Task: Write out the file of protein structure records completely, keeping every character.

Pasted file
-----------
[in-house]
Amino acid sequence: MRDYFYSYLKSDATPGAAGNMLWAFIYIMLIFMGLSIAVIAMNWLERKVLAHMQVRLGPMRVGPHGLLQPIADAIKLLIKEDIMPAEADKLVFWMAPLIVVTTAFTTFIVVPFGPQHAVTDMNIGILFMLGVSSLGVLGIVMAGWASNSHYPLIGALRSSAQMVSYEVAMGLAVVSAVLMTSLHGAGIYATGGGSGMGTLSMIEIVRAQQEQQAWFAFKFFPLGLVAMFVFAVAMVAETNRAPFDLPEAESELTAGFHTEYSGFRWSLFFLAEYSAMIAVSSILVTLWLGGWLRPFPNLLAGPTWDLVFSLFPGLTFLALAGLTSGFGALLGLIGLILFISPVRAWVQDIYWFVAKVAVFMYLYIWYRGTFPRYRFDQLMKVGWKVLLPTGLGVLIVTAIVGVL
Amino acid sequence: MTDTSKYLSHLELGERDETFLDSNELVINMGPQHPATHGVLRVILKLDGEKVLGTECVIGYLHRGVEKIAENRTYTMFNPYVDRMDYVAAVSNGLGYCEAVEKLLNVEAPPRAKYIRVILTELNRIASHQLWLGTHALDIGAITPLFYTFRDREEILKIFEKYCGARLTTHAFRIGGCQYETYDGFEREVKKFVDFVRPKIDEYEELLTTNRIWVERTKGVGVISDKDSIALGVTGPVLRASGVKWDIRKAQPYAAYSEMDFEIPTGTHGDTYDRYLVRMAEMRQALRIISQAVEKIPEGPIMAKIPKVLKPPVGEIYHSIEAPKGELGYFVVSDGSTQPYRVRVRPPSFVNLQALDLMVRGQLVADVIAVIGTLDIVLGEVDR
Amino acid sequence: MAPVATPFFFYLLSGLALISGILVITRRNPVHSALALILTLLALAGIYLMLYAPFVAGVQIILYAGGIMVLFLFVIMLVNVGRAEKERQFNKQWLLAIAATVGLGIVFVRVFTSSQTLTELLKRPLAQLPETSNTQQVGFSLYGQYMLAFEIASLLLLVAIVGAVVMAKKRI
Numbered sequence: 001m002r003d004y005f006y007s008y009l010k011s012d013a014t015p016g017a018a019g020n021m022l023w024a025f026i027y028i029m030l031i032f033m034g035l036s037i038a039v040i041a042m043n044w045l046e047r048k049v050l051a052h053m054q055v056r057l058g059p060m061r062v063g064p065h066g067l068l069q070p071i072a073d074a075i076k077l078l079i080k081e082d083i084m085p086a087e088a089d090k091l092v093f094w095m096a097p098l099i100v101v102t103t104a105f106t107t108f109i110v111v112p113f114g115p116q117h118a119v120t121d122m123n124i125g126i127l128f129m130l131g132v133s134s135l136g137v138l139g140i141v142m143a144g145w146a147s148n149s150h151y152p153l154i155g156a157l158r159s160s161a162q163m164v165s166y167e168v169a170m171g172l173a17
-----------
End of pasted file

[in-house]
Amino acid sequence: MRDYFYSYLKSDATPGAAGNMLWAFIYIMLIFMGLSIAVIAMNWLERKVLAHMQVRLGPMRVGPHGLLQPIADAIKLLIKEDIMPAEADKLVFWMAPLIVVTTAFTTFIVVPFGPQHAVTDMNIGILFMLGVSSLGVLGIVMAGWASNSHYPLIGALRSSAQMVSYEVAMGLAVVSAVLMTSLHGAGIYATGGGSGMGTLSMIEIVRAQQEQQAWFAFKFFPLGLVAMFVFAVAMVAETNRAPFDLPEAESELTAGFHTEYSGFRWSLFFLAEYSAMIAVSSILVTLWLGGWLRPFPNLLAGPTWDLVFSLFPGLTFLALAGLTSGFGALLGLIGLILFISPVRAWVQDIYWFVAKVAVFMYLYIWYRGTFPRYRFDQLMKVGWKVLLPTGLGVLIVTAIVGVL
Amino acid sequence: MTDTSKYLSHLELGERDETFLDSNELVINMGPQHPATHGVLRVILKLDGEKVLGTECVIGYLHRGVEKIAENRTYTMFNPYVDRMDYVAAVSNGLGYCEAVEKLLNVEAPPRAKYIRVILTELNRIASHQLWLGTHALDIGAITPLFYTFRDREEILKIFEKYCGARLTTHAFRIGGCQYETYDGFEREVKKFVDFVRPKIDEYEELLTTNRIWVERTKGVGVISDKDSIALGVTGPVLRASGVKWDIRKAQPYAAYSEMDFEIPTGTHGDTYDRYLVRMAEMRQALRIISQAVEKIPEGPIMAKIPKVLKPPVGEIYHSIEAPKGELGYFVVSDGSTQPYRVRVRPPSFVNLQALDLMVRGQLVADVIAVIGTLDIVLGEVDR
Amino acid sequence: MAPVATPFFFYLLSGLALISGILVITRRNPVHSALALILTLLALAGIYLMLYAPFVAGVQIILYAGGIMVLFLFVIMLVNVGRAEKERQFNKQWLLAIAATVGLGIVFVRVFTSSQTLTELLKRPLAQLPETSNTQQVGFSLYGQYMLAFEIASLLLLVAIVGAVVMAKKRI
Numbered sequence: 001m002r003d004y005f006y007s008y009l010k011s012d013a014t015p016g017a018a019g020n021m022l023w024a025f026i027y028i029m030l031i032f033m034g035l036s037i038a039v040i041a042m043n044w045l046e047r048k049v050l051a052h053m054q055v056r057l058g059p060m061r062v063g064p065h066g067l068l069q070p071i072a073d074a075i076k077l078l079i080k081e082d083i084m085p086a087e088a089d090k091l092v093f094w095m096a097p098l099i100v101v102t103t104a105f106t107t108f109i110v111v112p113f114g115p116q117h118a119v120t121d122m123n124i125g126i127l128f129m130l131g132v133s134s135l136g137v138l139g140i141v142m143a144g145w146a147s148n149s150h151y152p153l154i155g156a157l158r159s160s161a162q163m164v165s166y167e168v169a170m171g172l173a17